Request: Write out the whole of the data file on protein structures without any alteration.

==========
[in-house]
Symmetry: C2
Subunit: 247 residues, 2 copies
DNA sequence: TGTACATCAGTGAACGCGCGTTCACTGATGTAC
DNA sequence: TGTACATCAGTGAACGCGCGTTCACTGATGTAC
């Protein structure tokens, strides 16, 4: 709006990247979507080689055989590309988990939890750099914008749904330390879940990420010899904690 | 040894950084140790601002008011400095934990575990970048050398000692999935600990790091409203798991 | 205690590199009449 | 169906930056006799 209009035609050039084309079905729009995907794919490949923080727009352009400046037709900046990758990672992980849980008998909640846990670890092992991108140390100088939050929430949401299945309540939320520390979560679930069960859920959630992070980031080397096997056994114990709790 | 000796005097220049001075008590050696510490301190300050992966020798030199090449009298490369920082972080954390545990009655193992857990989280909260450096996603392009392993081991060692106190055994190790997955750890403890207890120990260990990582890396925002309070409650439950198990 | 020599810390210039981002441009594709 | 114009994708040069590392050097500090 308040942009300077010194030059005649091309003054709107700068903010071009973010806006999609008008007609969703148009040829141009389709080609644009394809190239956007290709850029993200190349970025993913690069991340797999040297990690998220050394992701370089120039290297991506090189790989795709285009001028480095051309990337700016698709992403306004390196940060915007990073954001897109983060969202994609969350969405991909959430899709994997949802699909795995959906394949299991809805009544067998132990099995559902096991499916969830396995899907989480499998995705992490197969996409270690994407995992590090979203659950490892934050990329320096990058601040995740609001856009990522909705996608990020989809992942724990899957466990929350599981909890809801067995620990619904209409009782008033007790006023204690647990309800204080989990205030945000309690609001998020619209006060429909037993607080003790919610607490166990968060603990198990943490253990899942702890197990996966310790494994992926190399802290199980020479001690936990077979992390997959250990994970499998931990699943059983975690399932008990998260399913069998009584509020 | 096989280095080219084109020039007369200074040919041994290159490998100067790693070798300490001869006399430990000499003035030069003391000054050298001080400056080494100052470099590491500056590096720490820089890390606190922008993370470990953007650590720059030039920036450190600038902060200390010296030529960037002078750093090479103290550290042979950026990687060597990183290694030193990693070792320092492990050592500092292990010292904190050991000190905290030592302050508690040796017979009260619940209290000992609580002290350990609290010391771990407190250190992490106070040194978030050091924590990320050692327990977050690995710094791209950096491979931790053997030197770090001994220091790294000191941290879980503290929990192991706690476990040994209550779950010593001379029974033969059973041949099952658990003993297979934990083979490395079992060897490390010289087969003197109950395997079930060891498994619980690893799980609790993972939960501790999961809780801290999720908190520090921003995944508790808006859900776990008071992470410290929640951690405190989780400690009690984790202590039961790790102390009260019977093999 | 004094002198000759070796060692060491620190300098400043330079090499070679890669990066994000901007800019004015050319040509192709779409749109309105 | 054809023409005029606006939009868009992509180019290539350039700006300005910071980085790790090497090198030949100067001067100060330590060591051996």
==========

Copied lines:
[in-house]
Symmetry: C2
Subunit: 247 residues, 2 copies
DNA sequence: TGTACATCAGTGAACGCGCGTTCACTGATGTAC
DNA sequence: TGTACATCAGTGAACGCGCGTTCACTGATGTAC
């Protein structure tokens, strides 16, 4: 709006990247979507080689055989590309988990939890750099914008749904330390879940990420010899904690 | 040894950084140790601002008011400095934990575990970048050398000692999935600990790091409203798991 | 205690590199009449 | 169906930056006799 209009035609050039084309079905729009995907794919490949923080727009352009400046037709900046990758990672992980849980008998909640846990670890092992991108140390100088939050929430949401299945309540939320520390979560679930069960859920959630992070980031080397096997056994114990709790 | 000796005097220049001075008590050696510490301190300050992966020798030199090449009298490369920082972080954390545990009655193992857990989280909260450096996603392009392993081991060692106190055994190790997955750890403890207890120990260990990582890396925002309070409650439950198990 | 020599810390210039981002441009594709 | 114009994708040069590392050097500090 308040942009300077010194030059005649091309003054709107700068903010071009973010806006999609008008007609969703148009040829141009389709080609644009394809190239956007290709850029993200190349970025993913690069991340797999040297990690998220050394992701370089120039290297991506090189790989795709285009001028480095051309990337700016698709992403306004390196940060915007990073954001897109983060969202994609969350969405991909959430899709994997949802699909795995959906394949299991809805009544067998132990099995559902096991499916969830396995899907989480499998995705992490197969996409270690994407995992590090979203659950490892934050990329320096990058601040995740609001856009990522909705996608990020989809992942724990899957466990929350599981909890809801067995620990619904209409009782008033007790006023204690647990309800204080989990205030945000309690609001998020619209006060429909037993607080003790919610607490166990968060603990198990943490253990899942702890197990996966310790494994992926190399802290199980020479001690936990077979992390997959250990994970499998931990699943059983975690399932008990998260399913069998009584509020 | 096989280095080219084109020039007369200074040919041994290159490998100067790693070798300490001869006399430990000499003035030069003391000054050298001080400056080494100052470099590491500056590096720490820089890390606190922008993370470990953007650590720059030039920036450190600038902060200390010296030529960037002078750093090479103290550290042979950026990687060597990183290694030193990693070792320092492990050592500092292990010292904190050991000190905290030592302050508690040796017979009260619940209290000992609580002290350990609290010391771990407190250190992490106070040194978030050091924590990320050692327990977050690995710094791209950096491979931790053997030197770090001994220091790294000191941290879980503290929990192991706690476990040994209550779950010593001379029974033969059973041949099952658990003993297979934990083979490395079992060897490390010289087969003197109950395997079930060891498994619980690893799980609790993972939960501790999961809780801290999720908190520090921003995944508790808006859900776990008071992470410290929640951690405190989780400690009690984790202590039961790790102390009260019977093999 | 004094002198000759070796060692060491620190300098400043330079090499070679890669990066994000901007800019004015050319040509192709779409749109309105 | 054809023409005029606006939009868009992509180019290539350039700006300005910071980085790790090497090198030949100067001067100060330590060591051996």